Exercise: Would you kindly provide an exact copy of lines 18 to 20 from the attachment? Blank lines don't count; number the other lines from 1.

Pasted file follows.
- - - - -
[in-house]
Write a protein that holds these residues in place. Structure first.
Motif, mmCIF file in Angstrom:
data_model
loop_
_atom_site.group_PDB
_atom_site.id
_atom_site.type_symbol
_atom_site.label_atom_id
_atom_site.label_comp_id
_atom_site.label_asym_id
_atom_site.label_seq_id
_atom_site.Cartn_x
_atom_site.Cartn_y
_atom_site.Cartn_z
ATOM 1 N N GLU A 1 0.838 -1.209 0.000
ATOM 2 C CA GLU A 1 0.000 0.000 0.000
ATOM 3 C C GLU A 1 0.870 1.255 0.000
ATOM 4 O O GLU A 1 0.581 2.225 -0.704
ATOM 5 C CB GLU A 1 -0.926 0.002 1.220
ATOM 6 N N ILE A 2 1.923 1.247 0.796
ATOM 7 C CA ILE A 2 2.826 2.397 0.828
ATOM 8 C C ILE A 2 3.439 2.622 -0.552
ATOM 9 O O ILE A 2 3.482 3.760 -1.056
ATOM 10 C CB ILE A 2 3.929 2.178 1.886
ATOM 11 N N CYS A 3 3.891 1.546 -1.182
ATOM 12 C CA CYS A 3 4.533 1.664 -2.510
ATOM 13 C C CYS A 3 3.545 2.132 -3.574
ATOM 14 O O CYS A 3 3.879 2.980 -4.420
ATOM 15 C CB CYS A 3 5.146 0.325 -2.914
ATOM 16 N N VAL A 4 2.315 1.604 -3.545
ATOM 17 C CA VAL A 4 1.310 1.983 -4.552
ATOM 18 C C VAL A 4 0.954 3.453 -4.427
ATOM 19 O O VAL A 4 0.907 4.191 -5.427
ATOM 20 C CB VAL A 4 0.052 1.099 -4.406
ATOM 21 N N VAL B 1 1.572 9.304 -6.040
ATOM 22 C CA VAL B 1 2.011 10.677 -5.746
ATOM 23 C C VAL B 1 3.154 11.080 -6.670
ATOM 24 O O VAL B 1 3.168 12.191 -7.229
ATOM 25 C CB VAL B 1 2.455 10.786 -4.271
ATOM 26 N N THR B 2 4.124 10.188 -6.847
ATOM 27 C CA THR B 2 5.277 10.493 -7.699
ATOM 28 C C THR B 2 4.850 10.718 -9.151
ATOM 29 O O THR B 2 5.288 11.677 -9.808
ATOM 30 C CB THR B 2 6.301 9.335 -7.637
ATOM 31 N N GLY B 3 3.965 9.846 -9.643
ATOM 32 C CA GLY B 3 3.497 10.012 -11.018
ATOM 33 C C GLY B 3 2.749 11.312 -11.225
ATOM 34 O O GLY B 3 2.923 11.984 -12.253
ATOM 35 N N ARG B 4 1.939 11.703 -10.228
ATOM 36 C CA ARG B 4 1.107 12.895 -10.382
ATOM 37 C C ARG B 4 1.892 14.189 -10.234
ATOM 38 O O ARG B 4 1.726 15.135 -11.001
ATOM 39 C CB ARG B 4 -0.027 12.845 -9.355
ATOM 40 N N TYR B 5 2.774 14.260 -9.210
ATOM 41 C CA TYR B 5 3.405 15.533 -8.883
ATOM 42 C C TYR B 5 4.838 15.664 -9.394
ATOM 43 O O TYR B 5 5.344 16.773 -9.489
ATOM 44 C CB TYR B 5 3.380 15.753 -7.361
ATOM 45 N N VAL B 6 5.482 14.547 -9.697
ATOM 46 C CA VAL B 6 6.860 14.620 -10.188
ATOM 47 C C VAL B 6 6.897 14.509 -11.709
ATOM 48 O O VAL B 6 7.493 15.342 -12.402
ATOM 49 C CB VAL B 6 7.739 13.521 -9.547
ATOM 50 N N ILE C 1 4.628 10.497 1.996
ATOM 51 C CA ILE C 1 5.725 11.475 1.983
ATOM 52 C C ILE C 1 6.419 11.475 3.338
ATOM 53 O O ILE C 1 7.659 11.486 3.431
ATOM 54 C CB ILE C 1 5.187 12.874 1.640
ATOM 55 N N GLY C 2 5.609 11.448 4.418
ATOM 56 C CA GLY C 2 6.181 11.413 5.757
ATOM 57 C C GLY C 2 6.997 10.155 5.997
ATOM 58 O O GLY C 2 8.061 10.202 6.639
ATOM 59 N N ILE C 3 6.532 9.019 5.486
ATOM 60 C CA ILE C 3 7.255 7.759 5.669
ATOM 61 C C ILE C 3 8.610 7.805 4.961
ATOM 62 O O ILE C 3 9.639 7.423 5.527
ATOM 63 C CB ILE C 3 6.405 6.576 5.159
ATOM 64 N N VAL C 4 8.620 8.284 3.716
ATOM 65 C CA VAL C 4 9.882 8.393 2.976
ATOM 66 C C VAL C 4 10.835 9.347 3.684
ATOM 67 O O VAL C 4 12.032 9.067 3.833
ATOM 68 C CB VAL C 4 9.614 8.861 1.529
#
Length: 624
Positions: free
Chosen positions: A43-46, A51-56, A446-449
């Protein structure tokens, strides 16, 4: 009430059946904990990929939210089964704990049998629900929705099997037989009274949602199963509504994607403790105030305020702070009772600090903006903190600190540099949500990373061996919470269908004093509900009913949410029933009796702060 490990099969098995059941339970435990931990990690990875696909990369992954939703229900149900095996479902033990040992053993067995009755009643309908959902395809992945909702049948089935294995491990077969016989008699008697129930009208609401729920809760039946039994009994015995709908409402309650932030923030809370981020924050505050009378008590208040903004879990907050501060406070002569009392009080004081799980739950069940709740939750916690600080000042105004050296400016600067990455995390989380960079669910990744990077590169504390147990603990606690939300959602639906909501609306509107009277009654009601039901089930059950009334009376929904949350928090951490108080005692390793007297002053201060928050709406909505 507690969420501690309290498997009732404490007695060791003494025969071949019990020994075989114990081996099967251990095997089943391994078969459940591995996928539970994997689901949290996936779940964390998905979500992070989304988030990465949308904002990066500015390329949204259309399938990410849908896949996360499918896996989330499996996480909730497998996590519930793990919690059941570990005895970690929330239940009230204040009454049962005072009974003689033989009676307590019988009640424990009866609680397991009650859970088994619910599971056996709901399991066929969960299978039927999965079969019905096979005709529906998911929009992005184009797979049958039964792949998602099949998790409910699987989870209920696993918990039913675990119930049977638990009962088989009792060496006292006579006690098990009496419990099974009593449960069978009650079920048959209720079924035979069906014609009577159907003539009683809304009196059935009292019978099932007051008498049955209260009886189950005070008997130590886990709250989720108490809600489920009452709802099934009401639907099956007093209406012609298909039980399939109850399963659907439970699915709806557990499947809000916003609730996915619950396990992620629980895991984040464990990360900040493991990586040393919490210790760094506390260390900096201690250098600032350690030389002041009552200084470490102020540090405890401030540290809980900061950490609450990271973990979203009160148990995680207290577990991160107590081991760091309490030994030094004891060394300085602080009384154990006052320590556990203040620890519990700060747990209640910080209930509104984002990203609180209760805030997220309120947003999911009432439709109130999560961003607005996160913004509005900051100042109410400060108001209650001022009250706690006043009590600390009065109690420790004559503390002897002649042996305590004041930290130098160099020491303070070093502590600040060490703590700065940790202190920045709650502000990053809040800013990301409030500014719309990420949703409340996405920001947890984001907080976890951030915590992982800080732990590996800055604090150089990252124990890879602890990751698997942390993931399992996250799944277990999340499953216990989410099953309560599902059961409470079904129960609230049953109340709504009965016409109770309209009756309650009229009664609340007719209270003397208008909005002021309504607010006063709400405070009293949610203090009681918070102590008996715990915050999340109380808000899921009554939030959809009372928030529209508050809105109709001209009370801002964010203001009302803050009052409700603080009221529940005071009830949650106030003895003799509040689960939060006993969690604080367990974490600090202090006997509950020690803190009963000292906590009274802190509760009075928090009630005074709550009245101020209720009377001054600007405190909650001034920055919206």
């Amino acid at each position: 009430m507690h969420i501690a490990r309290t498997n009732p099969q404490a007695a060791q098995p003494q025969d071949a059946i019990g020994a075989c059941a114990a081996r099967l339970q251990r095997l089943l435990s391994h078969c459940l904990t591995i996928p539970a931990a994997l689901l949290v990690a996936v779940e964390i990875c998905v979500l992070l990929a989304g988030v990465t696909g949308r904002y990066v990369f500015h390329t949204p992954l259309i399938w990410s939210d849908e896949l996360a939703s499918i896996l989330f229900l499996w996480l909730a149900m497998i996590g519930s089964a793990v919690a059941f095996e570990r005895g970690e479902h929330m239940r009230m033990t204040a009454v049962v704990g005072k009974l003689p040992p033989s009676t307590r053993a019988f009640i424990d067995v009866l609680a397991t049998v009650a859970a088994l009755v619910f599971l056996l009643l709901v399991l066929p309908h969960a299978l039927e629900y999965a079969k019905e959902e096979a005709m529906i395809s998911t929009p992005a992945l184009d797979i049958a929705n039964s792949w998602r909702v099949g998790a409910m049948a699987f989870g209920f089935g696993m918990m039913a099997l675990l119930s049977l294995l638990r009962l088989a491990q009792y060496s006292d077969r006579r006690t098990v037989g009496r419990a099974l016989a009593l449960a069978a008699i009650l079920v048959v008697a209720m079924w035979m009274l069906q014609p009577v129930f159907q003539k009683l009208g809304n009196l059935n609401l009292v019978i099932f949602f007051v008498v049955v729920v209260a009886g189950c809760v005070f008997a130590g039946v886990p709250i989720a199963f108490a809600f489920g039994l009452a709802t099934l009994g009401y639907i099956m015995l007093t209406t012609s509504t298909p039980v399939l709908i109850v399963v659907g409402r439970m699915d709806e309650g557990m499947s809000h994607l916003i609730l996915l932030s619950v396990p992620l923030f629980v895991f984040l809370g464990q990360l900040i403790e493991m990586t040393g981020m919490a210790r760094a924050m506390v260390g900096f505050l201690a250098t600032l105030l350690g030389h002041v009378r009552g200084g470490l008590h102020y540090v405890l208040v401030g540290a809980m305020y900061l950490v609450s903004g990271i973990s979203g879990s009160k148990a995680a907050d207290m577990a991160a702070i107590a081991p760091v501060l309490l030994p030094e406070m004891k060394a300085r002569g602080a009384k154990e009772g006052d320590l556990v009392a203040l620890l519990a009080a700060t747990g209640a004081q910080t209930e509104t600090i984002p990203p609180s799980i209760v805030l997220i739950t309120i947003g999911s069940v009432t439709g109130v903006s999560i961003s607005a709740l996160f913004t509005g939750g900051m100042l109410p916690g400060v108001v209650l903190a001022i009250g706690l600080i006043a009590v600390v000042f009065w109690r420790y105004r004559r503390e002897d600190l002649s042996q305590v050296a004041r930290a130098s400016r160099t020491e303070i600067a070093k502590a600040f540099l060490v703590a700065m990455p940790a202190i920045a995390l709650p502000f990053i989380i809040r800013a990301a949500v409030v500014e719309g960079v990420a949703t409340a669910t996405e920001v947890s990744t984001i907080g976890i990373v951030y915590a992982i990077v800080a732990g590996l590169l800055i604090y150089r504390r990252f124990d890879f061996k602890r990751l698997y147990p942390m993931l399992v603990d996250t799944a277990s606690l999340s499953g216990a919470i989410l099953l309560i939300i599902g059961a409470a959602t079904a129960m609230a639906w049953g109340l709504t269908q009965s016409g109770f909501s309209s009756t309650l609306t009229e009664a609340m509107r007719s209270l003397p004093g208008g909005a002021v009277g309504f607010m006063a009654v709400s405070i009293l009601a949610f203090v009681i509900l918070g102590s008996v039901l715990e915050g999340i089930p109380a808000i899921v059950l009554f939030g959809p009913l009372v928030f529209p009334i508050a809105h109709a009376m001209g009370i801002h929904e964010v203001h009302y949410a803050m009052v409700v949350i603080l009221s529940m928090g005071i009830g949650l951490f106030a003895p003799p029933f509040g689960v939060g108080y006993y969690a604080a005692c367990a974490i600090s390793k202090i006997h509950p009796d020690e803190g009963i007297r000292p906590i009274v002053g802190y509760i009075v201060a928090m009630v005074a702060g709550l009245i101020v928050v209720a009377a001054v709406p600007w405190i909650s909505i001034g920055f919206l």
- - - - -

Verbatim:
ATOM 3 C C GLU A 1 0.870 1.255 0.000
ATOM 4 O O GLU A 1 0.581 2.225 -0.704
ATOM 5 C CB GLU A 1 -0.926 0.002 1.220